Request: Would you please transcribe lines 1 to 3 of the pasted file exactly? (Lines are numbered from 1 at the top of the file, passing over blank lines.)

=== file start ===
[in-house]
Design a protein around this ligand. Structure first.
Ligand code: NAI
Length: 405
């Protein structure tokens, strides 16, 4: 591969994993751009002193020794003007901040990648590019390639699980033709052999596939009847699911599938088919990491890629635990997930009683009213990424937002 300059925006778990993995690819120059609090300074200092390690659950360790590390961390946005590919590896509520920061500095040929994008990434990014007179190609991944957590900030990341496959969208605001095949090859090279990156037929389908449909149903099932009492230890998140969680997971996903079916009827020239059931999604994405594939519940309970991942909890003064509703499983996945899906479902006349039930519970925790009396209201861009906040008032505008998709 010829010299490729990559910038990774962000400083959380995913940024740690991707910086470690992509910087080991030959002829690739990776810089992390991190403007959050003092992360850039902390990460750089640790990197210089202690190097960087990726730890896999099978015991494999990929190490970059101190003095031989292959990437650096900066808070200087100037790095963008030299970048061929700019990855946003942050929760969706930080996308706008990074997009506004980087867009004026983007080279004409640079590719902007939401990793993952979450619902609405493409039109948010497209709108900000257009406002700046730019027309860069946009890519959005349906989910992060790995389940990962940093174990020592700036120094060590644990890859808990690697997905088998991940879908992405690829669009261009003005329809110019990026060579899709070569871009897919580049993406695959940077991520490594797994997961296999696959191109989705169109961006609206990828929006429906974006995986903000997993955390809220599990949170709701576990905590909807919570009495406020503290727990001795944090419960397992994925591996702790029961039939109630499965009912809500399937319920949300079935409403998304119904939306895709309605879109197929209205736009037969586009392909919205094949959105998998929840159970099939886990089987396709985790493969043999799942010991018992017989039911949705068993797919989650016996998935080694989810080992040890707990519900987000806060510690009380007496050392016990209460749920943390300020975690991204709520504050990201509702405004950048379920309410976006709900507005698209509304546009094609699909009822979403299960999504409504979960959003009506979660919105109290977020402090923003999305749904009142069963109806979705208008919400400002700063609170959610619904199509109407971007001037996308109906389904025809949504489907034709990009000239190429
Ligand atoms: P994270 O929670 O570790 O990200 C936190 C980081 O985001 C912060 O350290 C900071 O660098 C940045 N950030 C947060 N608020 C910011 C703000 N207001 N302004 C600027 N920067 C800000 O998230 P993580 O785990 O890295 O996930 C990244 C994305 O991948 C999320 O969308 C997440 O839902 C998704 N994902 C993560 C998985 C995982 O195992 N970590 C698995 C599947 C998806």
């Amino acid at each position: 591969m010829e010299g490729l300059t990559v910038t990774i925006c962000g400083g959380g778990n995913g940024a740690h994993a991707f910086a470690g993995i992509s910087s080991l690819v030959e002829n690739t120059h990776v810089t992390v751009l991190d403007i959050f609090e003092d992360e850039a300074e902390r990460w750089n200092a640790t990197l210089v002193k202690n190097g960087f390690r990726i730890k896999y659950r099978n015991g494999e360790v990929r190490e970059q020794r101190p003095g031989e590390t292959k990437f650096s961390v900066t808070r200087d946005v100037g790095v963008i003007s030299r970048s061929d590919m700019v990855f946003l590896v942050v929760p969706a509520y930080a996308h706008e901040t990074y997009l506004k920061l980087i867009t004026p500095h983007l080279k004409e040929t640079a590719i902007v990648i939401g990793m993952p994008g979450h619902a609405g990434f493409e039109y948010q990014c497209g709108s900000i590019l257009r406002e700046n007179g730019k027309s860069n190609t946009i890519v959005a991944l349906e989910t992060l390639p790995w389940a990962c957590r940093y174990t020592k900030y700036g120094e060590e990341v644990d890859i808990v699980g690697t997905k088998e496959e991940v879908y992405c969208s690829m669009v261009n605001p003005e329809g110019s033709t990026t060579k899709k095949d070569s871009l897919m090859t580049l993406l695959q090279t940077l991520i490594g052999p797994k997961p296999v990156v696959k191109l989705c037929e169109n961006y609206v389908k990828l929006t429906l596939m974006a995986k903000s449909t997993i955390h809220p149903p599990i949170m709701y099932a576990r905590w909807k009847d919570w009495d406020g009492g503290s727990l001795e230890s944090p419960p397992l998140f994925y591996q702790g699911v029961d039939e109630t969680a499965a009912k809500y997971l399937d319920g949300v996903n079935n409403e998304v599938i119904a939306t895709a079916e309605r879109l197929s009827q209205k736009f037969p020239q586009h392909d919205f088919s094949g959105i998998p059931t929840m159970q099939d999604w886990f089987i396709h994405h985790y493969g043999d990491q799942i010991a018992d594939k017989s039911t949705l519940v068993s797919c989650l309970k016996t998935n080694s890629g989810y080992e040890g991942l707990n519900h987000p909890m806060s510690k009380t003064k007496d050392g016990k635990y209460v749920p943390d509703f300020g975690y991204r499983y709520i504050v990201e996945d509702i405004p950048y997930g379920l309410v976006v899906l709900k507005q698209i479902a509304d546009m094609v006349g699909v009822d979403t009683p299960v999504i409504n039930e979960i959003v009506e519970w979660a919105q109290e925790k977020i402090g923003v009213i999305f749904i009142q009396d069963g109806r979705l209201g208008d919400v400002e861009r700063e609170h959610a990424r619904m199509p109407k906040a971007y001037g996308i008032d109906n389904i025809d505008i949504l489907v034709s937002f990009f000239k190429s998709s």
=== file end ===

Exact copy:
[in-house]
Design a protein around this ligand. Structure first.
Ligand code: NAI